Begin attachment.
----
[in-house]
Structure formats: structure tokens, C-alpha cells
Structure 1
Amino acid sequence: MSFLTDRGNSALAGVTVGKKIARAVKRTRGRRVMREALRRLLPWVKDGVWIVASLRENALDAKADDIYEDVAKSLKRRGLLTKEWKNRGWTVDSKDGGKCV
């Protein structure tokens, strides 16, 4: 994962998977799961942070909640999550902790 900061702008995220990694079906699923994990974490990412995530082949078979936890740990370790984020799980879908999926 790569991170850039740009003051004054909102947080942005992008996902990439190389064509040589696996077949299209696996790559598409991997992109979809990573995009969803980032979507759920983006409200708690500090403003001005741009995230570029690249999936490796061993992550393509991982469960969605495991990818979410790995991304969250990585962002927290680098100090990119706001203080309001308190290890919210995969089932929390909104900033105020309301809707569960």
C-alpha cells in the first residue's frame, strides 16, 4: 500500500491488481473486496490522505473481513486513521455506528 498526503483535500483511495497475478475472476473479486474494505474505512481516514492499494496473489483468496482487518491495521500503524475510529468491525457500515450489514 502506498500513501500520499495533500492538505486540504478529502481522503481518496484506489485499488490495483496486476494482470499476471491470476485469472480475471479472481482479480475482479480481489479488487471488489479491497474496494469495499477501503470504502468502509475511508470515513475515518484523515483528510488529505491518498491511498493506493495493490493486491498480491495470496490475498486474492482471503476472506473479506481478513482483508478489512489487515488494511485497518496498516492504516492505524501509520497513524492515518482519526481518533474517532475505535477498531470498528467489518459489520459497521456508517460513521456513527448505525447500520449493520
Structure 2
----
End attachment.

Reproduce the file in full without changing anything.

[in-house]
Structure formats: structure tokens, C-alpha cells
Structure 1
Amino acid sequence: MSFLTDRGNSALAGVTVGKKIARAVKRTRGRRVMREALRRLLPWVKDGVWIVASLRENALDAKADDIYEDVAKSLKRRGLLTKEWKNRGWTVDSKDGGKCV
């Protein structure tokens, strides 16, 4: 994962998977799961942070909640999550902790 900061702008995220990694079906699923994990974490990412995530082949078979936890740990370790984020799980879908999926 790569991170850039740009003051004054909102947080942005992008996902990439190389064509040589696996077949299209696996790559598409991997992109979809990573995009969803980032979507759920983006409200708690500090403003001005741009995230570029690249999936490796061993992550393509991982469960969605495991990818979410790995991304969250990585962002927290680098100090990119706001203080309001308190290890919210995969089932929390909104900033105020309301809707569960």
C-alpha cells in the first residue's frame, strides 16, 4: 500500500491488481473486496490522505473481513486513521455506528 498526503483535500483511495497475478475472476473479486474494505474505512481516514492499494496473489483468496482487518491495521500503524475510529468491525457500515450489514 502506498500513501500520499495533500492538505486540504478529502481522503481518496484506489485499488490495483496486476494482470499476471491470476485469472480475471479472481482479480475482479480481489479488487471488489479491497474496494469495499477501503470504502468502509475511508470515513475515518484523515483528510488529505491518498491511498493506493495493490493486491498480491495470496490475498486474492482471503476472506473479506481478513482483508478489512489487515488494511485497518496498516492504516492505524501509520497513524492515518482519526481518533474517532475505535477498531470498528467489518459489520459497521456508517460513521456513527448505525447500520449493520
Structure 2